holding tank. Next, the test water is pumped through for a second treatment to a 205-m3 testing tank for the purpose of sampling and five-day storage.
Single treatment technologies have a slightly different methodology. Here, the test water is sent directly from the supply tank, through the cleansing process, and into the testing tank. Control water is then pumped the same way, but it is directed around the cleaning equipment. Then the control water is sent to a 205-m3 control tank for testing and storage in the same conditions as the test water.

Chemical-free cleansing

A chemical-free ballast treatment system is being put forward by Alfa Laval in cooperation with Wallenius Water AB. PureBallast has also undergone successful early testing by NIVA and DNV for compliance with the IMO regulations. The system represents a “turning point in the long struggle to stop the spread of invasive species by ballast water,” says Peter Carlberg of Alfa Laval on their website.
The core element of the system is AOT (advanced oxidation technology). The company has developed a variant, Wallenius AOT, which is installed in systems that treat the water during the process of ballasting and de-ballasting. Titanium dioxide catalysts are employed, which generate radicals when exposed to light. The short-lived radicals break down cell membrane or organisms, without using chemicals or creating any harmful residues.
The company says that avoiding the use of chemicals was both an environmental decision and a practical one. No additives means no need for supplies to be stocked on board ship or handled by the crew. The system is designed to have as small a footprint as possible, be easy to install and simple to maintain. For ease of use, the system is fully automated and is built to have a lifetime that lasts as long as the vessel it is serving is able to sail.

The Norwegian company OceanSaver has developed a solution for this with its OceanSaver ballast water treatment system, and the Höegh Trooper vehicle carrier was retrofitted with the OceanSaver ballast water treatment system.
© OceanSaver

New Guidelines

Cleansing equipment and technology is just one element of the new IMO guidelines. Changes in shipping practices are also called for to reduce the uptake of organisms during ballasting. Among the most important is the call for ships to avoid port areas where populations of harmful organisms are known to exist. The organization stresses that regular cleaning of ballast tanks and removing sediments will also help wipe out harmful organisms, as well as taking measures to avoid any unnecessary discharge of ballast.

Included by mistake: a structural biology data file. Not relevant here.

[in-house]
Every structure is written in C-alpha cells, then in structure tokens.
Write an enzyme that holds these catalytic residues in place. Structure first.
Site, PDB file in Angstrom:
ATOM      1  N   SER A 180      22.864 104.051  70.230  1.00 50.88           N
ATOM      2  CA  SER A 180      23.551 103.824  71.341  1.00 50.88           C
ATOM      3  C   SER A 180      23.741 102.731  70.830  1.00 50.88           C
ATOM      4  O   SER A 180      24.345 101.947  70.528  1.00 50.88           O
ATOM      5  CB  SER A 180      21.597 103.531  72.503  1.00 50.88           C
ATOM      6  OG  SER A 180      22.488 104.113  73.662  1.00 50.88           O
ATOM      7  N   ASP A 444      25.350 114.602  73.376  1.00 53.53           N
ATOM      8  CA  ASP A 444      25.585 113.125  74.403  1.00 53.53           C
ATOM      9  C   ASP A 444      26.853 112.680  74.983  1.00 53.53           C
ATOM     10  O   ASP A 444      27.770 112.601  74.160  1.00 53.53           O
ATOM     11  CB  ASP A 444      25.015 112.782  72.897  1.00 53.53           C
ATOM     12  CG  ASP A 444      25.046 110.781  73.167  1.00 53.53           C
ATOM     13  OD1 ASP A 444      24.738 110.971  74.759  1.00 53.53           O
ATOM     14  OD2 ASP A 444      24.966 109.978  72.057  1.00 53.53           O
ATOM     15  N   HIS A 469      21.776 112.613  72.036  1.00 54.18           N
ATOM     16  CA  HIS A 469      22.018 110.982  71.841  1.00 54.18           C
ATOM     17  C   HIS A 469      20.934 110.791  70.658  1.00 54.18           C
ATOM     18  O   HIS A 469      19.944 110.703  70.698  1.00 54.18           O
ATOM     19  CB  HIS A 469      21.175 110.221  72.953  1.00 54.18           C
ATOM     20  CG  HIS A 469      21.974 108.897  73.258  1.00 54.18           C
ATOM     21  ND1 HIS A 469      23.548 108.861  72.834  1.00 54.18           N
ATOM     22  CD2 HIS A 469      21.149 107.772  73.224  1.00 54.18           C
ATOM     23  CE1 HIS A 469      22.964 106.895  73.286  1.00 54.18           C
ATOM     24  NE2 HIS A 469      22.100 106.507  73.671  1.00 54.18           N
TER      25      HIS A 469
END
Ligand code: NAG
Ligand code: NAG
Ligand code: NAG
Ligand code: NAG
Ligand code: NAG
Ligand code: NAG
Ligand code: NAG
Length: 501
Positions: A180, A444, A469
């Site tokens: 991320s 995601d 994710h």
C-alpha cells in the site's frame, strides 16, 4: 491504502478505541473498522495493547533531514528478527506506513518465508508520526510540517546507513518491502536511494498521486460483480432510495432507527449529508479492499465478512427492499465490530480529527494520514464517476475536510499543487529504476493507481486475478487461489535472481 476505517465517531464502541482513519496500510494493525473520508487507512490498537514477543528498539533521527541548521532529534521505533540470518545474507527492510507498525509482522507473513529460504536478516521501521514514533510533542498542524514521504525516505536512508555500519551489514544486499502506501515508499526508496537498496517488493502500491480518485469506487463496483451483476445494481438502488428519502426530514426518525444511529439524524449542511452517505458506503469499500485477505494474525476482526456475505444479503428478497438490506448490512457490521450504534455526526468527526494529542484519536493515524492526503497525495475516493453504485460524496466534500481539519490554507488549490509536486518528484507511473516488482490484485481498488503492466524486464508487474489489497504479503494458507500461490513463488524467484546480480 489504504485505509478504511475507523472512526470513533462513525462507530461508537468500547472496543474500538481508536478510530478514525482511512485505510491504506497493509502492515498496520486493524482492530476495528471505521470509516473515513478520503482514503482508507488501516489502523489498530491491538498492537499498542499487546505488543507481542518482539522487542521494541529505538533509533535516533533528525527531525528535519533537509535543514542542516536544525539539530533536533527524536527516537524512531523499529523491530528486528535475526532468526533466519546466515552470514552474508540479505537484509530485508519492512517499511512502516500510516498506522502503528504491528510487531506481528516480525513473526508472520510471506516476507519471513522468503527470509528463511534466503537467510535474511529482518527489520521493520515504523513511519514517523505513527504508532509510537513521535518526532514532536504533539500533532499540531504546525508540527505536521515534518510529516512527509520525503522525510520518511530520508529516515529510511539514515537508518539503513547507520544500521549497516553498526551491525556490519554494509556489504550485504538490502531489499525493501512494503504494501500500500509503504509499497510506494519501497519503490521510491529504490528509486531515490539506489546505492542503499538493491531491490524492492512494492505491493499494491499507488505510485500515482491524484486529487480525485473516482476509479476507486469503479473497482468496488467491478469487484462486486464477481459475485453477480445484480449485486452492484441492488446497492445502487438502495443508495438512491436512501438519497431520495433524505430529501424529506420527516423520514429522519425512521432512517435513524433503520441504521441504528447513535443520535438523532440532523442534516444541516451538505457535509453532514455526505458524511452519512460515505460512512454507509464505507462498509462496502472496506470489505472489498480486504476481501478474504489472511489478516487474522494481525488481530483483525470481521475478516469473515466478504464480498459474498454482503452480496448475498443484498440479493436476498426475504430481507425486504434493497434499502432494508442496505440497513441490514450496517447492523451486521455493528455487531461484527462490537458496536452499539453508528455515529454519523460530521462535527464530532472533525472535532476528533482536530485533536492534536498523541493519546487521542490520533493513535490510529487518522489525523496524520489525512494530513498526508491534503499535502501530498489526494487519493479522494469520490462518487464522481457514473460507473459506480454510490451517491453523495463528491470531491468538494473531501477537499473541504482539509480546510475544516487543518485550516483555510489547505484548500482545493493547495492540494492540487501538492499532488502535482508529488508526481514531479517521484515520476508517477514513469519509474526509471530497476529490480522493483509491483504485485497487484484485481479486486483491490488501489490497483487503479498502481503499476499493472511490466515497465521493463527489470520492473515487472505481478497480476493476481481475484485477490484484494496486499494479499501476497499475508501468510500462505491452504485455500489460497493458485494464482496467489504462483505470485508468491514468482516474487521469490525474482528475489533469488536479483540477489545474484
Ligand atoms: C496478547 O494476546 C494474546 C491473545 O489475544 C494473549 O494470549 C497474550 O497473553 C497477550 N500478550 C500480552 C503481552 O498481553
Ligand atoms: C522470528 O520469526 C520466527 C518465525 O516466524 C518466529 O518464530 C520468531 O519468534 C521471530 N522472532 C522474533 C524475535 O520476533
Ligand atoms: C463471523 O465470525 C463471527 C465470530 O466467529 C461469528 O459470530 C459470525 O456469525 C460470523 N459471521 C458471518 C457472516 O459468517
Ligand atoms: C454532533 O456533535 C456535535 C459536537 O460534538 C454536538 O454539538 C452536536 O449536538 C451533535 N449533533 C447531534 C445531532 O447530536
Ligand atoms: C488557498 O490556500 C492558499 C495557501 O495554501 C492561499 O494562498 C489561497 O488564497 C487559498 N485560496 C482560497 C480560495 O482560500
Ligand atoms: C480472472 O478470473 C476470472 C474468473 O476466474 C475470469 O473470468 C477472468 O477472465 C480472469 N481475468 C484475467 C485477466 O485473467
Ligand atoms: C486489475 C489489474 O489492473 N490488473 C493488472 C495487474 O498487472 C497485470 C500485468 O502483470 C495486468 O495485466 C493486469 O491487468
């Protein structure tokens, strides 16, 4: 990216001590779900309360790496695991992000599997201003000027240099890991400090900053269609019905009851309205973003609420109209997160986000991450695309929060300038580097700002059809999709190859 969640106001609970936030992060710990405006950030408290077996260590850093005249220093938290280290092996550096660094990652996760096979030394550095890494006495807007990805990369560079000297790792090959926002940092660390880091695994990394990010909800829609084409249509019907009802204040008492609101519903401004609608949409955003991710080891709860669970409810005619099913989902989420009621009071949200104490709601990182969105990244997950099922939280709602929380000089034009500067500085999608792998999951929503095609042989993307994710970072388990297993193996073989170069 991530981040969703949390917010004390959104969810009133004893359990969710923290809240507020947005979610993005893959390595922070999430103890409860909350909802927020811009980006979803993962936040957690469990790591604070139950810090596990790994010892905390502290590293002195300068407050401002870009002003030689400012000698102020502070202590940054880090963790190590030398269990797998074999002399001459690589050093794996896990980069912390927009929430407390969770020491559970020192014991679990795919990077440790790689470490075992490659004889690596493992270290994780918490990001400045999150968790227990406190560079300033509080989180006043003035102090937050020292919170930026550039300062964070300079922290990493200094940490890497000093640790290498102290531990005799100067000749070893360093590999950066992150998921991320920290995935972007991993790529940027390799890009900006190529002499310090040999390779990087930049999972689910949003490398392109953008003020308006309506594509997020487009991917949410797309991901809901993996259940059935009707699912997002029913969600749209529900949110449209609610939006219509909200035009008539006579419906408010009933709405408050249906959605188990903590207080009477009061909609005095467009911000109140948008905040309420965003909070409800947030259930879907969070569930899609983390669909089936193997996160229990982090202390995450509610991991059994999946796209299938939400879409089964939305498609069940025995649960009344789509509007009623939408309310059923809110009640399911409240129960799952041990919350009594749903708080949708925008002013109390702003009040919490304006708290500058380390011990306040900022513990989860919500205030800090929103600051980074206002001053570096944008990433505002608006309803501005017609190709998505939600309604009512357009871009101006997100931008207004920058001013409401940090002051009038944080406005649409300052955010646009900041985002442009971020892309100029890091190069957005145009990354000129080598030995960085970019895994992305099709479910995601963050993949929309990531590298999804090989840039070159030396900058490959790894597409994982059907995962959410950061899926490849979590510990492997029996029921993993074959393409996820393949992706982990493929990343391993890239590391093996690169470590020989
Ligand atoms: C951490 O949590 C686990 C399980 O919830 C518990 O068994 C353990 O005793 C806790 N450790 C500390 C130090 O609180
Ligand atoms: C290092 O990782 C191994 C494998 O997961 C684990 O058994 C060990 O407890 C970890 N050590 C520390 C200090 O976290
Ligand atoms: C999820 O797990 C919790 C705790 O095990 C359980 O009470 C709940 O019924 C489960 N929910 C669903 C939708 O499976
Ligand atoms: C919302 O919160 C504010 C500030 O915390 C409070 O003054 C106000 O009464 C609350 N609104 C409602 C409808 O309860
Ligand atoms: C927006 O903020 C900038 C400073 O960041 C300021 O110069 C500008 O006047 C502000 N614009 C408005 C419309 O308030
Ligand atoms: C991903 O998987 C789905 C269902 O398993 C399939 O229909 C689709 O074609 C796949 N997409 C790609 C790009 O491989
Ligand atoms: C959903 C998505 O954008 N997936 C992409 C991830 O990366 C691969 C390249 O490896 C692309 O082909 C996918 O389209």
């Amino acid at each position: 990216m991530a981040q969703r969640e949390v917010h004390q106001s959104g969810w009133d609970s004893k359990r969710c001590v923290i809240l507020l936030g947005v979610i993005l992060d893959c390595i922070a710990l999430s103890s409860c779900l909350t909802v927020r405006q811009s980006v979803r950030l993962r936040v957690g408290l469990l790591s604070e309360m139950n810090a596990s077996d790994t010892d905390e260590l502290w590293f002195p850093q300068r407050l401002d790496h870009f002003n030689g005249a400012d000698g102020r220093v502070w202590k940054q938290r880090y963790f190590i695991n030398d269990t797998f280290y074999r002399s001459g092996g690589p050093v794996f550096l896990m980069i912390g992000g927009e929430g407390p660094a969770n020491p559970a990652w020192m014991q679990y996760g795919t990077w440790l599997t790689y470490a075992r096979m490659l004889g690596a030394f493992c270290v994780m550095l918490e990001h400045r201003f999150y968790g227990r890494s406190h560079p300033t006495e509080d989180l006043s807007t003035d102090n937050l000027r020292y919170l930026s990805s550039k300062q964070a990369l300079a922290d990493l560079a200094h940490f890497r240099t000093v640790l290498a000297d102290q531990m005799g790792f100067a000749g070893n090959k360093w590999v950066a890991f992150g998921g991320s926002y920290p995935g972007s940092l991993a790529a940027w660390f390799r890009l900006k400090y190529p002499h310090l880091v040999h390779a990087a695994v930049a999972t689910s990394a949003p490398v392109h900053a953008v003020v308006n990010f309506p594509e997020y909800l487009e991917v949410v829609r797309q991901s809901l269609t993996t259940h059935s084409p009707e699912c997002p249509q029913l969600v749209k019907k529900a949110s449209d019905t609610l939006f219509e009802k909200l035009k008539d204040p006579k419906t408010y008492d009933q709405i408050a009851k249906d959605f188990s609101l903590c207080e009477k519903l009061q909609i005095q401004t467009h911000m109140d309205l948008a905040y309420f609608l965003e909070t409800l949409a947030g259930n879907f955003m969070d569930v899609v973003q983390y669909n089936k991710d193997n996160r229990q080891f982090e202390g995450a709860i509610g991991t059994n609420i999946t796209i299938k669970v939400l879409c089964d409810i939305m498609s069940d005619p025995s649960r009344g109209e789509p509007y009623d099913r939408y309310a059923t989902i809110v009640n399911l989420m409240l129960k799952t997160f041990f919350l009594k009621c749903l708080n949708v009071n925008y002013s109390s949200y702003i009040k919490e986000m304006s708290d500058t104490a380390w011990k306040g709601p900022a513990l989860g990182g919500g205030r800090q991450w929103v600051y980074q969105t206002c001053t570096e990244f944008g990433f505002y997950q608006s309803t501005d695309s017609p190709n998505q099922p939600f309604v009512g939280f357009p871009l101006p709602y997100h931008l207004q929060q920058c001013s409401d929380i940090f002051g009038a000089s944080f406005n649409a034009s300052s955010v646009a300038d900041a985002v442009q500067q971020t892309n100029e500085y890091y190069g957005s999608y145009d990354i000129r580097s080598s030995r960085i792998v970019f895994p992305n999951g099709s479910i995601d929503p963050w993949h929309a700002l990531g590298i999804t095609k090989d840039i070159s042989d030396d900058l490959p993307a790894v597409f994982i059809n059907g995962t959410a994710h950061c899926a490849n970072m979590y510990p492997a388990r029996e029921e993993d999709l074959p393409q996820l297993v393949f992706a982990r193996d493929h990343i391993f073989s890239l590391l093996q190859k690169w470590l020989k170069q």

Other elements of the new guidelines include undertaking ballast water management procedures, such as exchanging ballast water at sea and replacing it with ‘clean’ open ocean water. The reasoning behind this technique is that species taken on at port are less likely to survive in the open ocean, due to the difference in conditions.

Enough being done?

Norwegian environmental watchdog organization Bellona is critical of the IMO with regard to the ballast water issue. The group feels the agency has shown itself to be a “somewhat ineffective” organization in dealing with the seriousness of the threat, and it has led to a nation like Australia being forced to “clean up on its own”. The group calls for international laws to be enacted in this area while the shipping industry must realize “that treatment of ballast water is a necessity”.
Bellona estimates that Norway pumps out 40 million tons of ballast water in harbours along the coast. As evidence of what can happen, it points to a 1998 algae outbreak, which was blamed on ballast water from an area around Japan. The result was many tons of fish lost at a high economic cost. The group says consequences to Norwegian fishing and coastal communities from invasions of organisms carried in ballast water are enormous.